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I was proud to watch Senator Rand Paul filibustering on the Senate floor. Proud because I got to vote for him, proud because he’s a Libertarian at heart, and proud because he was standing on principles. It got me to thinking about how tough his job is. As a high ranking politician, the stress must...

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A Monument For Satan? We Already Have One

Posted by Ray Carroll | Posted in compassion, current events, gospel, jesus, sin | Posted on 11-12-2013


So, apparently, this is happening :commands

“In their zeal to tout their faith in the public square, conservatives in Oklahoma may have unwittingly opened the door to a wide range of religious groups, including Satanists who are seeking to put their own statue next to a Ten Commandments monument outside the Statehouse.

“The Republican-controlled Legislature in this state known as the buckle of the Bible Belt authorized the privately funded Ten Commandments monument in 2009, and it was placed on the Capitol grounds last year despite criticism from legal experts who questioned its constitutionality.” (Source)

This is not a post about my feelings on church and state. I’ve talked about that before in an article I posted a while back at Provoketive Magazine. Every Christian should be aware of these issues. I will quickly add that the Oklahomans did it because they probably thought they had legal precedent on their side. In Van Orden v. Perry, the Supreme Court allowed a display of the Ten Commandments to stand, but for very specific reasons. You know, as a Christian, we really should be involved with reading and informing ourselves about why the Supreme Court does what it does instead of just watching television to get them to explain it to us.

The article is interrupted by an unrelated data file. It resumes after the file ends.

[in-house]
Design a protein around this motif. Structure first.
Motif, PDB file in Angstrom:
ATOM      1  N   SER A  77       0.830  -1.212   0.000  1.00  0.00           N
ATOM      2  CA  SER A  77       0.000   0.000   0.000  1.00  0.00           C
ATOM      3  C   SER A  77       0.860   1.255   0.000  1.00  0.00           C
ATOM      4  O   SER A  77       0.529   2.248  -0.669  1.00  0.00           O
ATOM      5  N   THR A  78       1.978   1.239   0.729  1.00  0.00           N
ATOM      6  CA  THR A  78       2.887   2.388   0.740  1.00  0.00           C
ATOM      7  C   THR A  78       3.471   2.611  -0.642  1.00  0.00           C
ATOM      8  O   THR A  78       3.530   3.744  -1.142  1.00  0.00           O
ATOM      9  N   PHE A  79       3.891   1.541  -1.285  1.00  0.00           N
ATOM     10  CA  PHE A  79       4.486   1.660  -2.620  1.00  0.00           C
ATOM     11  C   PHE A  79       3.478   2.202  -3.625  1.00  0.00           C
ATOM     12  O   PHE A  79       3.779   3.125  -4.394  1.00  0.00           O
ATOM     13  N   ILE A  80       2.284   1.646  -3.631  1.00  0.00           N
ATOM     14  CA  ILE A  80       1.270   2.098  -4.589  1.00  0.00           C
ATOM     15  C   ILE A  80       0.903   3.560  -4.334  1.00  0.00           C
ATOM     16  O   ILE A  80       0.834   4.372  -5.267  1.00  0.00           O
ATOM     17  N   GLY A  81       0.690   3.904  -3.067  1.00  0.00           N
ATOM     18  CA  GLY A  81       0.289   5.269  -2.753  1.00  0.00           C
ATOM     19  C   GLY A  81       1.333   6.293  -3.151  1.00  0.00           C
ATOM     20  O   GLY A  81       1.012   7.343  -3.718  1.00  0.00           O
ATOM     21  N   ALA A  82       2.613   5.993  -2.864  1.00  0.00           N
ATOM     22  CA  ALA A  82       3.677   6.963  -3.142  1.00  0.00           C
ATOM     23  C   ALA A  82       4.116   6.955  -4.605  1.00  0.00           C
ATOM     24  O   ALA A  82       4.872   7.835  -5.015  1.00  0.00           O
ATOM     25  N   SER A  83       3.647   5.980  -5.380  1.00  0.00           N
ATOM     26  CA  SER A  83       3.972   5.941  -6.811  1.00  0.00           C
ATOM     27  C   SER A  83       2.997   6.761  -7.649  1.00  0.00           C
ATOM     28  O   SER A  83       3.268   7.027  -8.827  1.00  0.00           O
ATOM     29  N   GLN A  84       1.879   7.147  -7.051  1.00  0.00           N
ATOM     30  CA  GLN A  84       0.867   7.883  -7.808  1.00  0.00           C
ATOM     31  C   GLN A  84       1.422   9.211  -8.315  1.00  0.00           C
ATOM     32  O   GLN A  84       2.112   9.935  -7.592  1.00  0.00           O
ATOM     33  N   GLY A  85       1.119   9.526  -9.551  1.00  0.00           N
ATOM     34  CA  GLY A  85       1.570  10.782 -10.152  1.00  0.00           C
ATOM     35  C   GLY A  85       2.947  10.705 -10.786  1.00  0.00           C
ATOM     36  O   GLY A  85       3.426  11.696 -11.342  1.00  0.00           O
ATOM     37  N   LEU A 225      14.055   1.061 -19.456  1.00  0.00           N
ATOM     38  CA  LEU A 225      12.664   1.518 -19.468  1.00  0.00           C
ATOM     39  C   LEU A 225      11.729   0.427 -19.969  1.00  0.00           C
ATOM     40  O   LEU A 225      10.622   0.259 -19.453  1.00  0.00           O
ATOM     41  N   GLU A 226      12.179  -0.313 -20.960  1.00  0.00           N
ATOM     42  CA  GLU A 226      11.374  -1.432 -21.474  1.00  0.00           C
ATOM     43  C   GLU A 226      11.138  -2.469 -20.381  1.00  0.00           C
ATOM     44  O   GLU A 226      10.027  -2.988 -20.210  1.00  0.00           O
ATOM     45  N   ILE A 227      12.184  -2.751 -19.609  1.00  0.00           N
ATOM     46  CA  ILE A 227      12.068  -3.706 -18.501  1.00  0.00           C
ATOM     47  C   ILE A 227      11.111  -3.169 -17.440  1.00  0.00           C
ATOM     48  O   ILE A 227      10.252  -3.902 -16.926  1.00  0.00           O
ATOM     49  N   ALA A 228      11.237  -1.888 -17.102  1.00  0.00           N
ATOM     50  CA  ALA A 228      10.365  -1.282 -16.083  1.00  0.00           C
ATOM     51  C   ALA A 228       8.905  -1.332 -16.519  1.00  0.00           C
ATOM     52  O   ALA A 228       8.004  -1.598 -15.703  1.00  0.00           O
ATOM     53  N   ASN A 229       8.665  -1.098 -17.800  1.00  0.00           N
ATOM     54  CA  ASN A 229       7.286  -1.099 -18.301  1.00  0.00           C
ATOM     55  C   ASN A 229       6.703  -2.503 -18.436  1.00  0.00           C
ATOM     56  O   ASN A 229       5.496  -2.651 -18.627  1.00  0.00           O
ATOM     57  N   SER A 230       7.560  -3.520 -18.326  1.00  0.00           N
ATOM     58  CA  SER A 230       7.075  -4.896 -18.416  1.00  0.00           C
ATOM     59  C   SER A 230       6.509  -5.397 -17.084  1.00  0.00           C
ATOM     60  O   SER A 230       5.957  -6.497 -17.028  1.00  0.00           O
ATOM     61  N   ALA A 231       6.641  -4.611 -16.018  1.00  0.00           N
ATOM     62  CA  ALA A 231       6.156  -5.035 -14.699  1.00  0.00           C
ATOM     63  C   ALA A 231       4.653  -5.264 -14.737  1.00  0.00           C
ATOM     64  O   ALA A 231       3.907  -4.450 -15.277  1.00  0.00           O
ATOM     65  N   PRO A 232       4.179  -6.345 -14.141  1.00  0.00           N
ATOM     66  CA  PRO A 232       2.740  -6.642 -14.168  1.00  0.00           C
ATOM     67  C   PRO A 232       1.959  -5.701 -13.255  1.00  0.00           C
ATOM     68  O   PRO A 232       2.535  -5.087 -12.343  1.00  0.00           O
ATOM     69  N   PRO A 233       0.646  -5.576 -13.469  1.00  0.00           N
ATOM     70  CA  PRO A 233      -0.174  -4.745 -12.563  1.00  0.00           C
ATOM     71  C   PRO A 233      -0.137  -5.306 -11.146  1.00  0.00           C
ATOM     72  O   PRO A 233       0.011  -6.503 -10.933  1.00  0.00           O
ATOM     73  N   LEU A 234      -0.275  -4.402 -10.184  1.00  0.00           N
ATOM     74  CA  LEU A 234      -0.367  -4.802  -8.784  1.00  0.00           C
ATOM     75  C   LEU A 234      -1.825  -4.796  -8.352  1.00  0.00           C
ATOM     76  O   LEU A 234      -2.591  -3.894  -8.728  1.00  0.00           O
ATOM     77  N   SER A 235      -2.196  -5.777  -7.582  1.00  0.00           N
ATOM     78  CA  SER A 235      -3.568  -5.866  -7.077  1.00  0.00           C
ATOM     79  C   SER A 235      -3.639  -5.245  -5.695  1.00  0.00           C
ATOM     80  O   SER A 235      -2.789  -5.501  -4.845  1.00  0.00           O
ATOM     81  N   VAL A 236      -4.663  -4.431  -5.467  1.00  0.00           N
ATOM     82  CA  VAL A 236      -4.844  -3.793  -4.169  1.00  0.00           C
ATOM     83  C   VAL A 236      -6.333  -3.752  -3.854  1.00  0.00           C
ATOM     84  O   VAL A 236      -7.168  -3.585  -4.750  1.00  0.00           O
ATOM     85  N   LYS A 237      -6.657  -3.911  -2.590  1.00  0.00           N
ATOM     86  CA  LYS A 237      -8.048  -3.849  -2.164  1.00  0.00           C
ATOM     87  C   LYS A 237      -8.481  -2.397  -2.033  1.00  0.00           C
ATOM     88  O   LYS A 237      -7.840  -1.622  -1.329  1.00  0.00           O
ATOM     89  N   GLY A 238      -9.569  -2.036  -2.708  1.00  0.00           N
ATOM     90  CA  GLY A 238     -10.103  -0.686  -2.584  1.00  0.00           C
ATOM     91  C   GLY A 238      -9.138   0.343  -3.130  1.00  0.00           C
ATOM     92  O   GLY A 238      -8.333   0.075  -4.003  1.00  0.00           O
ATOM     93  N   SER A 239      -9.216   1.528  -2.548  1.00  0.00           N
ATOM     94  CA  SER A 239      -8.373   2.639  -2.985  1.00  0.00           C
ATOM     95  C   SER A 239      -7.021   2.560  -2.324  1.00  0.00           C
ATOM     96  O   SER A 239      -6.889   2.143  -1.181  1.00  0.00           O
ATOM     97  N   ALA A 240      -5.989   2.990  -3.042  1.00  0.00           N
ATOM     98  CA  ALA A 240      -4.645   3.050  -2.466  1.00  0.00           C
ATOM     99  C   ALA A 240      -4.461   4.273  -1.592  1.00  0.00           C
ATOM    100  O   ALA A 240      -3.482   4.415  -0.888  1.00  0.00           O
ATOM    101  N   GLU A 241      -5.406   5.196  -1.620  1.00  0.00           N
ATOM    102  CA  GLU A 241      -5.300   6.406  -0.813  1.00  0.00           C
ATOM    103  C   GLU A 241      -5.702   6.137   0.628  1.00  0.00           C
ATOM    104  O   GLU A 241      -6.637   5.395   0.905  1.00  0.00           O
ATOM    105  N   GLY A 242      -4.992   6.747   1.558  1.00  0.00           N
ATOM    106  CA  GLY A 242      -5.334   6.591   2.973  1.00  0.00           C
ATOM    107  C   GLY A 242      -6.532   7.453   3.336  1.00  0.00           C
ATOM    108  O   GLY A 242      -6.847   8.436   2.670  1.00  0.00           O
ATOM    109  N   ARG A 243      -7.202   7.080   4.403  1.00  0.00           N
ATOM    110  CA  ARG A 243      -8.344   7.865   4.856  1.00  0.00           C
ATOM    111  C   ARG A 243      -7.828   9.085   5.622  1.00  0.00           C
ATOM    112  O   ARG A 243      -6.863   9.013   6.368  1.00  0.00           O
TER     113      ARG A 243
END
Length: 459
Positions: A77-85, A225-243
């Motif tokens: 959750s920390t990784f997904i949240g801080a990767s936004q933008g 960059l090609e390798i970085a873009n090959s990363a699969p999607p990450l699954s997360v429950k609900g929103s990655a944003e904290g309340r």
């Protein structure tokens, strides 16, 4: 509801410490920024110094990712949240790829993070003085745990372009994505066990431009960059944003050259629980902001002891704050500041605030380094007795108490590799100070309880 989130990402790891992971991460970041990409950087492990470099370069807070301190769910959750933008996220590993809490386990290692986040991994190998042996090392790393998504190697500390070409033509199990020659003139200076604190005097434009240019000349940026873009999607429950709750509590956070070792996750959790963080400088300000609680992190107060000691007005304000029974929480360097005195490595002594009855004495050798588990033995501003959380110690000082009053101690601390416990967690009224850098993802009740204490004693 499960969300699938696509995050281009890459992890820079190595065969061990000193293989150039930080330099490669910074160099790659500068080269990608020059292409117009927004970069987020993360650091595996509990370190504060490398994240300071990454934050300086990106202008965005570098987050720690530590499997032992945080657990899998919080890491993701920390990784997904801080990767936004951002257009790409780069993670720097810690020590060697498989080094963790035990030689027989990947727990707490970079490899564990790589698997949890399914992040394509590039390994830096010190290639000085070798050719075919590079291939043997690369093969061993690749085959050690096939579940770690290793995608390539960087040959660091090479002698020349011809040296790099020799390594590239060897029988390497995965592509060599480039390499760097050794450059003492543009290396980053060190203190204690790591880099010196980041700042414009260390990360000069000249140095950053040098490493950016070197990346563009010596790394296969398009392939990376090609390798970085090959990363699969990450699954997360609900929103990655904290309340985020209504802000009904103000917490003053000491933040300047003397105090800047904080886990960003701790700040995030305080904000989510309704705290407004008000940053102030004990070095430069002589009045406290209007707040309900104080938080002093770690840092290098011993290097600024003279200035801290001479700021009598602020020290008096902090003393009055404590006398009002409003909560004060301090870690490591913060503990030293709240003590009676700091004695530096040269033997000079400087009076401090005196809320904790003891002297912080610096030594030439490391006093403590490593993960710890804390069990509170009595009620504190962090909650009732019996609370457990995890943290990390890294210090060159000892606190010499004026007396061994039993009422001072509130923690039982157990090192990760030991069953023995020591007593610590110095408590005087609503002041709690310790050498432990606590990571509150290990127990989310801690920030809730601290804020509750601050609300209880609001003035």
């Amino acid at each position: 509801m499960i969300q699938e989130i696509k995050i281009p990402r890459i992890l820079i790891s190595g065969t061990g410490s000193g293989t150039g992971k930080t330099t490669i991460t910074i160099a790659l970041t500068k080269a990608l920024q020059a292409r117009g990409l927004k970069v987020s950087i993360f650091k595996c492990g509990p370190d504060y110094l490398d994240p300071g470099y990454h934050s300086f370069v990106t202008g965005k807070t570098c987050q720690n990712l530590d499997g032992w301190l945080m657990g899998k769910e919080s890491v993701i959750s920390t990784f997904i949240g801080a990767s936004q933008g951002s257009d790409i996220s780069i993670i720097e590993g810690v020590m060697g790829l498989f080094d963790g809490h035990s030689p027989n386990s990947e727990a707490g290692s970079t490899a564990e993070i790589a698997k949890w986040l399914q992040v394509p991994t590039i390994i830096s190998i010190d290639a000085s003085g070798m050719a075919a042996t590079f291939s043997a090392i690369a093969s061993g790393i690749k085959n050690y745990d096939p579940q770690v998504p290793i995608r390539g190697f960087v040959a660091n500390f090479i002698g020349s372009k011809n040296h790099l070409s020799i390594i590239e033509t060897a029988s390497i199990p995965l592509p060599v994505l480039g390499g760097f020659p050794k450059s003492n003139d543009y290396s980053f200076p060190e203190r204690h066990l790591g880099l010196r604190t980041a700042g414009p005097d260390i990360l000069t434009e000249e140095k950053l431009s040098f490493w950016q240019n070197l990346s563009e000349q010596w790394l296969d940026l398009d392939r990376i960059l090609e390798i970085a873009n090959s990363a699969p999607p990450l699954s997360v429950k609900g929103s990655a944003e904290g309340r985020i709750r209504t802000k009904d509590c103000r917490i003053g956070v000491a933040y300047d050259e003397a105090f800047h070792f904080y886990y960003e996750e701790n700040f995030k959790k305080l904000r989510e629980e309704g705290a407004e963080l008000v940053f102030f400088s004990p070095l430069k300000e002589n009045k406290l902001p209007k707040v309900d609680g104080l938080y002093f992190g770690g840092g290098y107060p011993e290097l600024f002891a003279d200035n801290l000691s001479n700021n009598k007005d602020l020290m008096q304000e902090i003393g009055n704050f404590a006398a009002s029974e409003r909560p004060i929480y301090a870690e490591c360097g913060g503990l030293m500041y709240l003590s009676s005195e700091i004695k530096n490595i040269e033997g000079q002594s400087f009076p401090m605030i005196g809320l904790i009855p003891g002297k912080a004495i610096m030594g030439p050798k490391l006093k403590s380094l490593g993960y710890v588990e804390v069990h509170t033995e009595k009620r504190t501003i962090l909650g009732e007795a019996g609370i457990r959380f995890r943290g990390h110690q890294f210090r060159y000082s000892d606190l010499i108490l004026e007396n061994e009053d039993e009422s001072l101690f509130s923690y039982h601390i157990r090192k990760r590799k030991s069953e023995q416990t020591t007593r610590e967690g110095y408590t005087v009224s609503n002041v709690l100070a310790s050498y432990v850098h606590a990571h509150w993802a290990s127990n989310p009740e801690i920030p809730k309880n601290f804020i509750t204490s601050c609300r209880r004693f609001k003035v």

With all that legal mumbo jumbo aside, I do want to discuss what I feel are some serious problems that cling to this issue like socks to a polo shirt when you take it out of the dryer.

1. Examining our rationale behind placing the Ten Commandments

Don’t start booing me yet. Why are we so intent on engraving the Ten Commandments on a six ton block of granite and placing it in front of courthouses?

schoolprayerNo, I know why. I’ve heard the reasons. Here’s one – “It’s our heritage. When they took prayer and the Ten Commandments out of schools, things started getting worse.” Alright then. There is an issue at stake and it needs to be addressed when that question is asked. What if Christianity isn’t the majority religion one day?

I live in a state where prayers are still said before ballgames. But what if one day Christians aren’t the majority and another world religion decides that they have the right to say the prayers instead of the Christians because they have more people?